If you’re tired of suffering the pains of growth with few apparent benefits, then the solution could be just one election away. To set growth management on a more responsible course I urge you to join with other citizen groups active in your area to call for the changes suggested below. Mobilizing even a small number of voters in support of responsible growth management candidates can bring about change in a surprisingly short amount of time. These changes can include:
Many races for county commissioner, town council, a board of supervisors, and other local offices are won by just a few hundred votes. Getting even a fraction of voters to support good candidates can transform a development-at-any-cost council into one committed to responsible growth management.
How do you identify candidates who will support responsible growth management once elected?
Well, if they already hold elected office (incumbents) then you need only examine their record:
For challengers who have never held office it can be a bit more tricky. They are more likely to be a good candidate if they have a history of community service such as serving on neighborhood association boards or leading campaigns to improve growth management. The key test though is whether they pledge support for measures ensuring everyone benefits from growth – not just to maximize profit for a few. Examples of these measures follow.
The measures presented below are generally THE most effective first steps towards responsible growth management. The focus is on three growth issues: schools, traffic, and environment. These issues tend to be of greatest concern to voters living in rapidly developing areas. By no means should you feel compelled to call for the immediate adoption of all the measures. Instead, start with the measure likely to generate the greatest degree of voter support, then plan on implementation taking up to several years.
A development project should not be approved if it will cause a school to exceed design capacity or expand class size beyond generally accepted limits.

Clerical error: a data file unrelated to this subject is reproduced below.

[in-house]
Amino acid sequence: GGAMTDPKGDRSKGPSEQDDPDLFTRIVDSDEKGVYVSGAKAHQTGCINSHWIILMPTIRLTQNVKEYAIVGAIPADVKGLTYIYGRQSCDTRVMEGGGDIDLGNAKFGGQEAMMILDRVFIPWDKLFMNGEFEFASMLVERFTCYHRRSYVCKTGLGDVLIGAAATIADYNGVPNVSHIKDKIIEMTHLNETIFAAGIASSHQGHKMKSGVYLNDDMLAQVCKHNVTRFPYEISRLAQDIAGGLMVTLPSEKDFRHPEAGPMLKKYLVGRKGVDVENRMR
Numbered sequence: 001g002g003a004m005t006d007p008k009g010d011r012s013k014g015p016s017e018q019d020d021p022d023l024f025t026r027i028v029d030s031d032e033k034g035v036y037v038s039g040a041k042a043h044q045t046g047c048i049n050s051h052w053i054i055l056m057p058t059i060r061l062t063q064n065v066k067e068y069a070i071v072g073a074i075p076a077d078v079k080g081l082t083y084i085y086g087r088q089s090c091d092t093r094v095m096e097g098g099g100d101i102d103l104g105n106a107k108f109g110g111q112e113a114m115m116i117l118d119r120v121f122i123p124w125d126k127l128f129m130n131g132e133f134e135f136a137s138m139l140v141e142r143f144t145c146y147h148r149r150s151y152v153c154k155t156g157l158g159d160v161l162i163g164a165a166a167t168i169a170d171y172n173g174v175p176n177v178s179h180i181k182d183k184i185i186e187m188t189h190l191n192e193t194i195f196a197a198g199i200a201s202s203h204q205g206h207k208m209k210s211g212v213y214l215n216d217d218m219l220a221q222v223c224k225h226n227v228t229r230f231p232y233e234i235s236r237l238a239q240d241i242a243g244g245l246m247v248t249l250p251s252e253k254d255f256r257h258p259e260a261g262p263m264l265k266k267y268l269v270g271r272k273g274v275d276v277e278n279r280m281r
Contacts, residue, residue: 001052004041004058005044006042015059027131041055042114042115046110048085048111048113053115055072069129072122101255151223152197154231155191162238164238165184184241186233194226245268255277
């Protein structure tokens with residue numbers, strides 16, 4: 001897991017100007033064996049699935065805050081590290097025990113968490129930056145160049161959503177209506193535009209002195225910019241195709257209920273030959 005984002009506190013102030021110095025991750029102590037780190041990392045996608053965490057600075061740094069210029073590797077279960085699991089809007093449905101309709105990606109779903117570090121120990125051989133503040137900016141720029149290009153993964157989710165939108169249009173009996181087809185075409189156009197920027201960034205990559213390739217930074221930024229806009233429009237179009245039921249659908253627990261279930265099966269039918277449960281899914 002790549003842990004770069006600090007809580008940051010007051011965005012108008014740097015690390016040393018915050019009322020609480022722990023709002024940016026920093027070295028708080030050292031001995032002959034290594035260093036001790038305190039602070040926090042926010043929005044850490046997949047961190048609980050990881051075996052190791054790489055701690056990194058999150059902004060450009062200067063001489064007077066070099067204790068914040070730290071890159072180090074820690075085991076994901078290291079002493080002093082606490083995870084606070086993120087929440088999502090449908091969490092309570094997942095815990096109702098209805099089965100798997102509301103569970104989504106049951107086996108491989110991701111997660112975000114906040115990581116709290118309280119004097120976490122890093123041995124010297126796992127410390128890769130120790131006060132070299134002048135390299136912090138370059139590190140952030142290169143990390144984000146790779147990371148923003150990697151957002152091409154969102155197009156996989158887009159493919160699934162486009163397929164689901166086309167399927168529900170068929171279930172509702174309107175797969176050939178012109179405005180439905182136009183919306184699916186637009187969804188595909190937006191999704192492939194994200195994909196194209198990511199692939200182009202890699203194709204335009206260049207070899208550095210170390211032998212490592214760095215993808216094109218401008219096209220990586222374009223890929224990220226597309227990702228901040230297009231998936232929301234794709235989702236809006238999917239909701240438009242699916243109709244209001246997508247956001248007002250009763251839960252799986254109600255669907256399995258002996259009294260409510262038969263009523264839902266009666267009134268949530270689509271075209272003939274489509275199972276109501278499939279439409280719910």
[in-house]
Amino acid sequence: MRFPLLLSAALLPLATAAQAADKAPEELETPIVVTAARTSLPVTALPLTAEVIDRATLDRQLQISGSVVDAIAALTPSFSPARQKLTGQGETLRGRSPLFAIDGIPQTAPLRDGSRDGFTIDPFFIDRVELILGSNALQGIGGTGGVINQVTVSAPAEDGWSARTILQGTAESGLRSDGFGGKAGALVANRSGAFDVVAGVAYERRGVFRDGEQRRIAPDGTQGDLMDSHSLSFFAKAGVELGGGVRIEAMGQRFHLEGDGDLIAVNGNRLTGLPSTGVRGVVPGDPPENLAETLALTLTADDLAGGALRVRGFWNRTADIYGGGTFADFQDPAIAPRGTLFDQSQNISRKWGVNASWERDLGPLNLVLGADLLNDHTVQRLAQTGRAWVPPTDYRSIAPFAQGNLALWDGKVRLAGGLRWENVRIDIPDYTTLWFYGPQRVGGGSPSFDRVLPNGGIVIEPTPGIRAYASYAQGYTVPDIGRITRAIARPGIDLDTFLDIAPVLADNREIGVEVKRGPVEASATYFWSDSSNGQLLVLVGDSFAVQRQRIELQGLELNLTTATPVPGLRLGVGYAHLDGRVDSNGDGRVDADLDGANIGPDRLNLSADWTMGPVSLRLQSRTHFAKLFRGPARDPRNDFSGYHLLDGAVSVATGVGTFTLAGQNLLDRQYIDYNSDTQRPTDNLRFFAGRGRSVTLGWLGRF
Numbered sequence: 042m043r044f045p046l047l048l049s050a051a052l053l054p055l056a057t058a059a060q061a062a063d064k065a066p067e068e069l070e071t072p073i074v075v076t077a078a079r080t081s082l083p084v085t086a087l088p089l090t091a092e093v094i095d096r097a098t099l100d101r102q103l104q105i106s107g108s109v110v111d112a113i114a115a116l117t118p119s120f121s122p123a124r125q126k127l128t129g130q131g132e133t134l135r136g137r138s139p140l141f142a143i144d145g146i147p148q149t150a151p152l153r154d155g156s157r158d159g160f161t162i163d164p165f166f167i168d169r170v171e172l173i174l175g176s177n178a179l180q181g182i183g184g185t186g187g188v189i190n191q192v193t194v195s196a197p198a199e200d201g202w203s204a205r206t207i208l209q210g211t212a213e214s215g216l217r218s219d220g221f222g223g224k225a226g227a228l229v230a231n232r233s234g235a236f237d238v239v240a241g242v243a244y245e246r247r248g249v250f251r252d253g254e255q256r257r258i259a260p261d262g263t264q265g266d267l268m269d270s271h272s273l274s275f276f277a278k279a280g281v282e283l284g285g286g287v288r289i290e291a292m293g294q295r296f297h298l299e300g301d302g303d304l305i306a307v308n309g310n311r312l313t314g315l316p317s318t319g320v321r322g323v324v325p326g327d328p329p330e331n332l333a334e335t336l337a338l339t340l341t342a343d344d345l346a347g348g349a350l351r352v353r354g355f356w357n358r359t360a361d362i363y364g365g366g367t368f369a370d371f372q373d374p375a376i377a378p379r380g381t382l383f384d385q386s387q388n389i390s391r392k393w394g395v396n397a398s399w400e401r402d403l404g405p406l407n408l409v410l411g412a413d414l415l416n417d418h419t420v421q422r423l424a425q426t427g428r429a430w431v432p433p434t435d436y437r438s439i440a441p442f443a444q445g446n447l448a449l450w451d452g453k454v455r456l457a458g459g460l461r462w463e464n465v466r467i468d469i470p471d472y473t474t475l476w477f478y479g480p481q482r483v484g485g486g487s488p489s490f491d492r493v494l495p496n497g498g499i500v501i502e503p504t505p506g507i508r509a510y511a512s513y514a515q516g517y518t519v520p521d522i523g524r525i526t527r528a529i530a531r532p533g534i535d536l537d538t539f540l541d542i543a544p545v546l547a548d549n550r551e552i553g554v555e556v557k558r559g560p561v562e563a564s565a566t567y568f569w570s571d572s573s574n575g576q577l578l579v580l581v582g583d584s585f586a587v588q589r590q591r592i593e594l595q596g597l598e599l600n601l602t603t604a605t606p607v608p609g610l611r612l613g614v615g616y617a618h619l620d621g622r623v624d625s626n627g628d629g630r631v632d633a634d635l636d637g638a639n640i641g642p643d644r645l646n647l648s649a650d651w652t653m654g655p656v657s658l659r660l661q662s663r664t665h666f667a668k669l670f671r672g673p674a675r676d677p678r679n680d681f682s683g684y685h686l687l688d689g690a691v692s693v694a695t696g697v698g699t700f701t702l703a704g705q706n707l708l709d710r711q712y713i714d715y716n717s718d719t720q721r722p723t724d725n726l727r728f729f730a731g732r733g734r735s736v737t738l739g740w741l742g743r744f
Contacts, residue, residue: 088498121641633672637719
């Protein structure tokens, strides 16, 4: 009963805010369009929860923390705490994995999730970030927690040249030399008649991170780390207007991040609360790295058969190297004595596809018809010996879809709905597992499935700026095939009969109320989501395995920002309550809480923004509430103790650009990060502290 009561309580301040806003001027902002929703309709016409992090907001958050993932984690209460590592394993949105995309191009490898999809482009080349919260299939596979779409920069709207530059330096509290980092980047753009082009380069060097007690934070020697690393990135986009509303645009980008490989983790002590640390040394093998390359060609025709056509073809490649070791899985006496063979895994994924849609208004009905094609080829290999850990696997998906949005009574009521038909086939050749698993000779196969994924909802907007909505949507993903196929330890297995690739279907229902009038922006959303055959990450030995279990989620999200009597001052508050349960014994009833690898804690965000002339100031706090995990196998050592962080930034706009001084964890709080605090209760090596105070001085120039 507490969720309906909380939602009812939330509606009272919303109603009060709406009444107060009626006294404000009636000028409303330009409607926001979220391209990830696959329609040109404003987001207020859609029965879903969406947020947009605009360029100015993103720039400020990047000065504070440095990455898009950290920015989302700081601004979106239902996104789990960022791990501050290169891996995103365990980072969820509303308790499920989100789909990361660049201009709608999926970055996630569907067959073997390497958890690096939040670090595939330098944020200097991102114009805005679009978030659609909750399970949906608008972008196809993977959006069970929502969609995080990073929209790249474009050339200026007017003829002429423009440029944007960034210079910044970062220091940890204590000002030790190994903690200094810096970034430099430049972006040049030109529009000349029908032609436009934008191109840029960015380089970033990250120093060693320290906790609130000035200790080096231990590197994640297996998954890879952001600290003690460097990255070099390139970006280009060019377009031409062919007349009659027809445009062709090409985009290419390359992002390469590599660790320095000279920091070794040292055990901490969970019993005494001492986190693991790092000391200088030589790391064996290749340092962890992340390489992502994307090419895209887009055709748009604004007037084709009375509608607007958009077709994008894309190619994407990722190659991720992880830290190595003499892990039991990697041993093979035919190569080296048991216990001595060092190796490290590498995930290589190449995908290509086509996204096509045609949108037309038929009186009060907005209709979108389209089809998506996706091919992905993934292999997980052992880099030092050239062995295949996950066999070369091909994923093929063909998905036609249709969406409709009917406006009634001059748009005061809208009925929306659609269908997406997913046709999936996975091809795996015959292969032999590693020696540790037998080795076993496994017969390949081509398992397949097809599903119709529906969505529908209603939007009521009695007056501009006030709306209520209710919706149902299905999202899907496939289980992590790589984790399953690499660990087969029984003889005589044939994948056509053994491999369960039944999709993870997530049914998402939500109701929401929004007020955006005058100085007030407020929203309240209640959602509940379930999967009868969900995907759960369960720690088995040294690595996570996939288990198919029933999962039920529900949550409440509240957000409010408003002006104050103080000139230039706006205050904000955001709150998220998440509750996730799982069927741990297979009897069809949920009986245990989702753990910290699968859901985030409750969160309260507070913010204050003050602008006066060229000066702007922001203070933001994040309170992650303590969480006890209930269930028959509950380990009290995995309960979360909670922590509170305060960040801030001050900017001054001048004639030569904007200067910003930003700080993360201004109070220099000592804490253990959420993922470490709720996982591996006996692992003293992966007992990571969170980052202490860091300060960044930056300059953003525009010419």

For other suggestions to preserve education quality in rapidly growing areas visit the CEDS webpage: Preventing School Overcrowding & Other Development Impacts.
If proposed development would cause excessive delay for you and other residents then it should not be approved until improvements are made that reduce congestion to an acceptable level of service. Additional measures for relieving congestion and improving safety can be found on the CEDS webpage: Traffic, Development & Neighborhood Quality of Life.
Plans for a proposed development project must show that stormwater runoff from all rooftops, streets, parking lots and other impervious surfaces will drain to highly-effective Best Management Practices. To learn of other measures to preserve aquatic resources and accelerate restoration visit the CEDS webpage: Protecting Wetlands, Streams, Lakes, Tidal Waters & Wells from the Impacts of Land Development.
As of 2015, 29 states had passed legislation allowing local governments to charge developers impact fees to cover the costs of growth such as: school capacity expansions, new roads, increased water-sewer capacity, as well as expanding police, fire and emergency services. To learn more visit: Keeping Taxes Low on the CEDS Comprehensive, Master, General Development & Other Land Use Plans webpage.